#GhettoHalloweenTreats: A Dialogue On Race And The Desecration Of The Black Body

Written with J.E. Reich

For those who need a quick recap: on All Hallow’s Eve, #GhettoHalloweenTreats trended worldwide on Twitter. These tweets took an innocuous Halloween tradition — Halloween candy! — and morphed it into something ugly and insidiously bigoted. In the wake of this, Thought Catalog writers Kovie Biakolo and J.E. Reich decided to create something positive from something negative, springboarding from the #GhettoHalloweenTweets and dialoguing about racism and classism in America today. Here is what went down.

J.E.: To begin, here are some of my favorite examples (and by “favorite examples,” I mean “examples that make me want to concuss myself”):

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Kovie: I honestly didn’t even notice until you said something. Apart from writing, my expertise online has largely been in digital marketing and consisted of social media marketing, so I know how awful it can be. I did take a look at the trend once I got your tweet, and sadly I was not surprised. Why is no one saying anything? Well, it’s really hard to police social media, and I don’t even know if that’s desirable. But I do know that more than anything else, a lot of people see things like this as harmless; as “people just having fun.” Of course, that’s not all that is really taking place. Racist and classist discourse is at work here.

J.E.: Part of what makes this particular phenomena even more intriguing is that internalized racism plays a large part here (see: last picture/tweet). I think a lot of people could write this off as mere fun to be had, paired with the excuse that people of different racial backgrounds participated in the #GhettoHalloweenTreats trend. Conversely, I would argue the opposite. Overall, it speaks to a sense of whitewashing, in all definitions of the term: in concurrence with #GhettoHalloweenTreats, a White narrative takes an overarching prevalence. A recent example would be the “food stamps glitch,” which occurred a few weeks ago. People took to Twitter to express a gross sense of schadenfreude, using particular stereotypes that adhered to the erroneous depiction of “the Black Welfare Queen”; even though the majority of those who apply for and use the SNAP Benefits program are white. Both occurrences — or rather, Twitter events — catered to an “othering” of a racial minority. What makes it all even more egregious is that minorities play into this false narrative.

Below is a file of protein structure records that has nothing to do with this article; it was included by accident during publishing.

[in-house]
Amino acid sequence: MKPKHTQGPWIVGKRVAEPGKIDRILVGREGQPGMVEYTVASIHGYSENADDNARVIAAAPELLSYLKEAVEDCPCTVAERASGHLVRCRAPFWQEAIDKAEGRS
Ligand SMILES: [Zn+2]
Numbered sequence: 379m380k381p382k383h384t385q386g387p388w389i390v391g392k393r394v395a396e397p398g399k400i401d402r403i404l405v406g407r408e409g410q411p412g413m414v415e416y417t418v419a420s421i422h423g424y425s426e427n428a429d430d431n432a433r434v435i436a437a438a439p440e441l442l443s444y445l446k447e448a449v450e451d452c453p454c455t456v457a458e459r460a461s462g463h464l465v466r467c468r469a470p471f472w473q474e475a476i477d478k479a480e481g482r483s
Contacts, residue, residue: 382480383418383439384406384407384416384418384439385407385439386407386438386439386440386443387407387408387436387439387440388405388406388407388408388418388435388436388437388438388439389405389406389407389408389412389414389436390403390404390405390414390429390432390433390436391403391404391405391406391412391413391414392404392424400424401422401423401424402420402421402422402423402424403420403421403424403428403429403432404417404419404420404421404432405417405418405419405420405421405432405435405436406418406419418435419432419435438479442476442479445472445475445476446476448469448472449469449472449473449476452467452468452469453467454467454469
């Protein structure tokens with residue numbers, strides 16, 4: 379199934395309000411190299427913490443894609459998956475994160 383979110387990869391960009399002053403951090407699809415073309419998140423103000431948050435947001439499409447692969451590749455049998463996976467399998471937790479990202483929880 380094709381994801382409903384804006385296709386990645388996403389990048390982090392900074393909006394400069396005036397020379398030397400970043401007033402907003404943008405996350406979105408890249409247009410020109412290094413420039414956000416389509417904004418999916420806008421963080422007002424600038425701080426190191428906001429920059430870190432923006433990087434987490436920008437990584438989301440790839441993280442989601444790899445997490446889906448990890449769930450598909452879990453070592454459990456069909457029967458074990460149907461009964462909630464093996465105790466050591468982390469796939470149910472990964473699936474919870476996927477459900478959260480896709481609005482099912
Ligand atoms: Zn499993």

I’m reminded of a passage from Hanif Kureishi’s second novel, The Black Album, a coming-of-age story about a young man named Shahid, who is Indian-British. (Although the UK struggles with a particular strand of racism — one that differs from the US in a few historical and contextual ways — my transcontinental example is applicable here.) Early on in the novel, Shahid tells his new friend, Riaz, a conservative Muslim, about his own struggle with internalized racism:

Everywhere I went I was the only dark-skinned person. How does this make people see me? I began to be scared of going into certain places. I didn’t know what they were thinking. I was convinced they were full of sneering and disgust and hatred. And if they were pleasant, I imagined they were hypocrites…” […] Shahid said, “I wanted to be a racist…I argued, why can’t I be a racist like everyone else? Why do I have to miss out on that privilege? Why can’t I swagger around pissing on others for being inferior?

Like #GhettoHalloweenTweets, the Twitter food stamps fiasco, and Kureishi indicate: racial internalization is an institution.

Kovie: All of this is consistent with how racism and classism works and is embedded in our culture and institutions – a fact that many people either fail to completely grasp or forcefully dismiss. It has become common practice to label interactions as racist; to label others as racist. And indeed there are active racists. But racism and indeed classism is not just about interactions of prejudice. It is about the processes and structures and rhetorical and cultural practices that disadvantage entire groups of people within a system. This is why Black people can be racist, and why you’ll see internalized racism. This is why all people of color can be racist towards other people of color.